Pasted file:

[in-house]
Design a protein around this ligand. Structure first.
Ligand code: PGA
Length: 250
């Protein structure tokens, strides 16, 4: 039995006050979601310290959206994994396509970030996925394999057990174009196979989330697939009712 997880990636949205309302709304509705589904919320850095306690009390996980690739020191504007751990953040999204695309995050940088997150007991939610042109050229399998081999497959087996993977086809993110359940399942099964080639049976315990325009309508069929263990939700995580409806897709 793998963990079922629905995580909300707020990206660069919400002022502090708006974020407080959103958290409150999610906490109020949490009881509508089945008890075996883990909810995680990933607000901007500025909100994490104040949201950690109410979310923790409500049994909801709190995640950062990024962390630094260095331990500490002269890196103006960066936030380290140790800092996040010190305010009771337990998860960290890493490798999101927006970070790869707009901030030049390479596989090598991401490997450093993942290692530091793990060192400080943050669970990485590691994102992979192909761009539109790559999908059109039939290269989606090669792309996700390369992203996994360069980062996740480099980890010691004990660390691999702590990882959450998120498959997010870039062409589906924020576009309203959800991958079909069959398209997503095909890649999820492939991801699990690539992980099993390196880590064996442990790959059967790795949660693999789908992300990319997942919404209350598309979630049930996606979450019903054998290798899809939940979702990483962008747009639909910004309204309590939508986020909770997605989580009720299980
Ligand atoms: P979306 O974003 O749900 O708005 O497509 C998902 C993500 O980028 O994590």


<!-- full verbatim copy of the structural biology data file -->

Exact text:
[in-house]
Design a protein around this ligand. Structure first.
Ligand code: PGA
Length: 250
């Protein structure tokens, strides 16, 4: 039995006050979601310290959206994994396509970030996925394999057990174009196979989330697939009712 997880990636949205309302709304509705589904919320850095306690009390996980690739020191504007751990953040999204695309995050940088997150007991939610042109050229399998081999497959087996993977086809993110359940399942099964080639049976315990325009309508069929263990939700995580409806897709 793998963990079922629905995580909300707020990206660069919400002022502090708006974020407080959103958290409150999610906490109020949490009881509508089945008890075996883990909810995680990933607000901007500025909100994490104040949201950690109410979310923790409500049994909801709190995640950062990024962390630094260095331990500490002269890196103006960066936030380290140790800092996040010190305010009771337990998860960290890493490798999101927006970070790869707009901030030049390479596989090598991401490997450093993942290692530091793990060192400080943050669970990485590691994102992979192909761009539109790559999908059109039939290269989606090669792309996700390369992203996994360069980062996740480099980890010691004990660390691999702590990882959450998120498959997010870039062409589906924020576009309203959800991958079909069959398209997503095909890649999820492939991801699990690539992980099993390196880590064996442990790959059967790795949660693999789908992300990319997942919404209350598309979630049930996606979450019903054998290798899809939940979702990483962008747009639909910004309204309590939508986020909770997605989580009720299980
Ligand atoms: P979306 O974003 O749900 O708005 O497509 C998902 C993500 O980028 O994590």